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Electrostats Problem

  1. Nov 18, 2007 #1
    [SOLVED] Electrostats Problem

    1. The problem statement, all variables and given/known data
    Electrostats

    [​IMG]



    A wall has a negative charge distribution producing a uniform horizontal electric field. A small plastic ball of mass 0.01 kg, carrying a charge of -80.0 uC, is suspended by an uncharged, nonconducting thread 0.30 m long. The thread is attached to the wall and the ball hangs in equilibrium in the electric and gravitational fields. The electric force on the ball has a magnitude of 0.032 N.

    a. On the diagram below, draw and label all the forces acting on the ball:
    (picture of x and y axis with ball at center)

    b. Calculate the magnitude of the electric field at the ball's location due to the charged wall and indicate its direction relative to the coordinate axes.

    c. Determine the perpendicular distance from the wall to the center of the ball

    d. The string is now cut
    i. calculate the magnitude and direction of the acceleration of the ball relative to the coordinate axes
    ii. describe the resulting path of the ball


    2. Relevant equations
    1. E = F/q (electric field)
    2. F = ma
    3. E = V/d (electric field)



    3. The attempt at a solution

    a. Ft (tension) drawn in the second quadrant at an angle similar to the angle the string makes with the wall pointed away from ball, mg along the -y axis pointed away from ball, and Fe (electric) along the +x axis pointed away from ball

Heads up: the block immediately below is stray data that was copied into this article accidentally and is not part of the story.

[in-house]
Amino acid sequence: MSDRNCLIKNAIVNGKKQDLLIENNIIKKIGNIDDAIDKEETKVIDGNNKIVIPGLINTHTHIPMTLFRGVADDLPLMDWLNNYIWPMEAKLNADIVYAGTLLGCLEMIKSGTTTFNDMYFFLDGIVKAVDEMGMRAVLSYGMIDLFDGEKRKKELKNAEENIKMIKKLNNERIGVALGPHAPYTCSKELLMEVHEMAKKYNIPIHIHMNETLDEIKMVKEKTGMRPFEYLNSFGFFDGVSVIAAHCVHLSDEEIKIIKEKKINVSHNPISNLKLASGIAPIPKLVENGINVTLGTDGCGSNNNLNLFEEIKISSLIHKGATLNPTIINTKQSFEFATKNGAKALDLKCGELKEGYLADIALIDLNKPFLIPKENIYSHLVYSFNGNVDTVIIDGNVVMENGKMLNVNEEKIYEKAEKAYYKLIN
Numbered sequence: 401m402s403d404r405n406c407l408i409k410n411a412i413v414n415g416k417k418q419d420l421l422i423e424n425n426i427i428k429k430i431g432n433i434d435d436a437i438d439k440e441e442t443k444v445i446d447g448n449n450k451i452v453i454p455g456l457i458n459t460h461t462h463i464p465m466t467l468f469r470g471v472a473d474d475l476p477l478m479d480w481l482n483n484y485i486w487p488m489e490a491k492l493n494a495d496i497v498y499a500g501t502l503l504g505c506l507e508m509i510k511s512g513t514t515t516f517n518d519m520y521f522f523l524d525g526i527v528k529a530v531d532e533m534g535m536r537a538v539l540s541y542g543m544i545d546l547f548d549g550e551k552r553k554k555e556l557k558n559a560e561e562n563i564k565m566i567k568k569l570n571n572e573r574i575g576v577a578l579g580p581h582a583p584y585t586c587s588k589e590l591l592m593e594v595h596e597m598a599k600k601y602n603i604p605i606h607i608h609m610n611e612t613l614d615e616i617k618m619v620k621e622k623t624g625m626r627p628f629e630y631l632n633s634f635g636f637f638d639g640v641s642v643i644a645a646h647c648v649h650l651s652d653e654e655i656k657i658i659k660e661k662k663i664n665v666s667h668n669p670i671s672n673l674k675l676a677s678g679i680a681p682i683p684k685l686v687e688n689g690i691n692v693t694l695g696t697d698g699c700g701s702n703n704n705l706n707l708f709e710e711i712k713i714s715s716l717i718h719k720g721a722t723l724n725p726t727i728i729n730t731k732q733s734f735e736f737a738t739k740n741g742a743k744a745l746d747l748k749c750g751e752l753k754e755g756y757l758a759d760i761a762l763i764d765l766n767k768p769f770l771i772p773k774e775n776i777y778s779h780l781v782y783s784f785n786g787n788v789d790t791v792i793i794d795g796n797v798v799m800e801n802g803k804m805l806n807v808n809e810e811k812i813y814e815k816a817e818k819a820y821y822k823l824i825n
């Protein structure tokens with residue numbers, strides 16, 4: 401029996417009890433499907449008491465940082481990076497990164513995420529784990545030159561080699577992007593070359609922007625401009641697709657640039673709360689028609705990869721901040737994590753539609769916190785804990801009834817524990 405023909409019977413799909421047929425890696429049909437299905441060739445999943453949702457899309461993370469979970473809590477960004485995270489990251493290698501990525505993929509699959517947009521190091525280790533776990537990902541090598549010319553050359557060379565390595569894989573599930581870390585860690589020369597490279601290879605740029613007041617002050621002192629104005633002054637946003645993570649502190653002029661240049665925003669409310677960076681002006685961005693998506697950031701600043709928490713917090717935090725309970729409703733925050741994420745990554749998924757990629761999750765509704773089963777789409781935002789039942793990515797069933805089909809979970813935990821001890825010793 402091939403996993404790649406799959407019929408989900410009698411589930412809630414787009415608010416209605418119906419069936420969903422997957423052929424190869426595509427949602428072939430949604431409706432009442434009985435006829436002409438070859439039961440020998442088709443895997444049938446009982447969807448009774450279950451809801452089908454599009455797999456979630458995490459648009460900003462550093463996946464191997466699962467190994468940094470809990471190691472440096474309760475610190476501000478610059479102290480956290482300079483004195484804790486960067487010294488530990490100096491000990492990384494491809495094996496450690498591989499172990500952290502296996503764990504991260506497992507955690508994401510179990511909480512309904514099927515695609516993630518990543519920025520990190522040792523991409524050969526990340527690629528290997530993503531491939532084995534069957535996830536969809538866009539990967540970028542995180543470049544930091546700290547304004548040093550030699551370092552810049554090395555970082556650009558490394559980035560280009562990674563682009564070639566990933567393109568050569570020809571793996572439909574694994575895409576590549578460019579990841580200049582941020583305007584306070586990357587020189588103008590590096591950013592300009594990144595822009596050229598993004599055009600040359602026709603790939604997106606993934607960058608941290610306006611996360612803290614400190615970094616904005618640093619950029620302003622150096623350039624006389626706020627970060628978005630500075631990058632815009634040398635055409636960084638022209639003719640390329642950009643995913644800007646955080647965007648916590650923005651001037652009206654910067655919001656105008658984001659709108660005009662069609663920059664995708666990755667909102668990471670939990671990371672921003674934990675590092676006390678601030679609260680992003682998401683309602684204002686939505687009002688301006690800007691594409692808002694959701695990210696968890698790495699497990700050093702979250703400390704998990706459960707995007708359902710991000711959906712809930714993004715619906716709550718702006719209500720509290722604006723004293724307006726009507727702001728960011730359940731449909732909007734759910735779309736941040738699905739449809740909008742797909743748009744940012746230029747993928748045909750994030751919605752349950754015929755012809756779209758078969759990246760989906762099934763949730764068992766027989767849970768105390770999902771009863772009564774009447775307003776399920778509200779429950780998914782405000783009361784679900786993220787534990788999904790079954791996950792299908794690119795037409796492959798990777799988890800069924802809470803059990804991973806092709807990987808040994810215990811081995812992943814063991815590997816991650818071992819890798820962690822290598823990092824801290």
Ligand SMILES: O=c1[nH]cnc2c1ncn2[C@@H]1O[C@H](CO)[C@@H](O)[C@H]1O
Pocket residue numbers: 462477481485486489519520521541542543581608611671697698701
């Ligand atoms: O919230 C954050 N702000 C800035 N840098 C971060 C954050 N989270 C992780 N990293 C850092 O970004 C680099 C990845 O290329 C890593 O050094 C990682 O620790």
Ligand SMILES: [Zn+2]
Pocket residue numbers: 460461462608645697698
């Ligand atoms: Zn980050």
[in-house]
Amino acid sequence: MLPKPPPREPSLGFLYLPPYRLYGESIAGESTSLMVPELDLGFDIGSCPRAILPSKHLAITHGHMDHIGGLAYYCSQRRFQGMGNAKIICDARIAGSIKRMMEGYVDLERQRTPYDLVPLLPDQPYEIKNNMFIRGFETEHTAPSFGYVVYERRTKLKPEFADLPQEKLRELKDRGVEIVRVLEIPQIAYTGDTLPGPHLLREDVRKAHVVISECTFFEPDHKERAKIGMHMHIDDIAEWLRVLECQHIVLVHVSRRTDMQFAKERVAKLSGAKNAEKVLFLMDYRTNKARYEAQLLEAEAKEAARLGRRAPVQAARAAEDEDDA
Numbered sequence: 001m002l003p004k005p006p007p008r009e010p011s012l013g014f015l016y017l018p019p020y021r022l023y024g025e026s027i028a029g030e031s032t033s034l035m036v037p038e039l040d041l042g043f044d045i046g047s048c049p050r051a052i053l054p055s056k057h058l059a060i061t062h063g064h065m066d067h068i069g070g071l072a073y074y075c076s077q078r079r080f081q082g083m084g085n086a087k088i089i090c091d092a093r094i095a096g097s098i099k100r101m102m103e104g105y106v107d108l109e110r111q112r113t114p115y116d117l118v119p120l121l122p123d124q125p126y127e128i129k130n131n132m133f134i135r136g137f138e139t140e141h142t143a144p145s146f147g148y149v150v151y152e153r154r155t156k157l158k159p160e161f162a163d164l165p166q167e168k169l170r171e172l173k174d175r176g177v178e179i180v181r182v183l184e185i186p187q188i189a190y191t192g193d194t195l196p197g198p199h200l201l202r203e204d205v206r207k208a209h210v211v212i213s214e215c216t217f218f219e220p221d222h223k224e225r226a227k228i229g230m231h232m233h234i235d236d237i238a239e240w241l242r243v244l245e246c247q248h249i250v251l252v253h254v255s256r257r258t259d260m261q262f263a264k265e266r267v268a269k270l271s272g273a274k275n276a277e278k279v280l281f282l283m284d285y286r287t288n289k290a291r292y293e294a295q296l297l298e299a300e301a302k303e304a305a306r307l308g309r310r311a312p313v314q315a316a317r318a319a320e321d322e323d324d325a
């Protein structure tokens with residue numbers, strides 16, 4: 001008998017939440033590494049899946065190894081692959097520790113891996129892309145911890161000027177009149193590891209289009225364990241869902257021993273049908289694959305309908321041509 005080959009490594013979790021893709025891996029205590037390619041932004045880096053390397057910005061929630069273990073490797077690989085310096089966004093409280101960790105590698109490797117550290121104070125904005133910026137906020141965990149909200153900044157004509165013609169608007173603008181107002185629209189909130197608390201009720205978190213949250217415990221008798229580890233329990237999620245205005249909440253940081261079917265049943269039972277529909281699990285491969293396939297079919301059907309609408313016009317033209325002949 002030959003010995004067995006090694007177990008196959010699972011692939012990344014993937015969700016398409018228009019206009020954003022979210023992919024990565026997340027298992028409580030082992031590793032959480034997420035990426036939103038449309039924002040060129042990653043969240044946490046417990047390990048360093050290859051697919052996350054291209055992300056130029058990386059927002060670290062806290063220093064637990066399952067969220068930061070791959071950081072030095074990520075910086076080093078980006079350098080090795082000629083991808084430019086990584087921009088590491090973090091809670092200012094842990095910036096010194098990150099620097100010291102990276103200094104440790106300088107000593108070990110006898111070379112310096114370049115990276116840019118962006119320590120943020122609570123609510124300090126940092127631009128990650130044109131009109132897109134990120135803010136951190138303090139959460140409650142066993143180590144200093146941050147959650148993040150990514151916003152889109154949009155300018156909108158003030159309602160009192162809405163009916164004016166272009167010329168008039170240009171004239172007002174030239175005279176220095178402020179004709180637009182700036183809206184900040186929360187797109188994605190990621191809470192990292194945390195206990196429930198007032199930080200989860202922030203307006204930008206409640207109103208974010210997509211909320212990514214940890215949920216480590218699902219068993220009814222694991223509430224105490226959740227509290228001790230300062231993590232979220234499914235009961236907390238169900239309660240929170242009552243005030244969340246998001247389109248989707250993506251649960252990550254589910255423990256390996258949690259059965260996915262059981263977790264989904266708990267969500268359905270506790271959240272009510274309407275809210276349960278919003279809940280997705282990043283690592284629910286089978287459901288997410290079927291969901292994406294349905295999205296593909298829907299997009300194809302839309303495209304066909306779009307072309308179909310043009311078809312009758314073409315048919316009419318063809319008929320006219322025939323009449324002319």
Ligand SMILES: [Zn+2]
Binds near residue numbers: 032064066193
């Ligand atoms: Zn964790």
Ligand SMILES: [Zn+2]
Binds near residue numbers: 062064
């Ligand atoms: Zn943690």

b. E = F/q = (.032N)/(80x10^-6C) = 400 N/C, pointing left horizontally towards the wall

    c. not sure about this one, I have E = V/d => d = V/E, except I don't know where to begin to find the potential difference, perhaps an easier way...

    d. i. Fnet = sqrt[(.032N)^2 + (.98N)^2] = .98 N = ma = (.01kg)a => a = 98 m/s^2, directed in 4th quadrant along Ft (tension)

    ii. um southeast and away from the ball?
     
    Last edited: Nov 18, 2007
  2. jcsd
  3. Nov 18, 2007 #2

    Doc Al

    User Avatar

    Staff: Mentor

    You need to figure out the angle the string makes. To do that, set up the equations for static equilibrium.

    Careful. The mass is 0.01 kg. What is mg?
     
  4. Nov 18, 2007 #3
    Wow, I totally ignored the equilibrium condition. So just thinking it through theoretically, the angle should be given by arctan(Fe/mg) right? And mg should be .098 :rolleyes:.
     
  5. Nov 18, 2007 #4

    Doc Al

    User Avatar

    Staff: Mentor

    Right.
     
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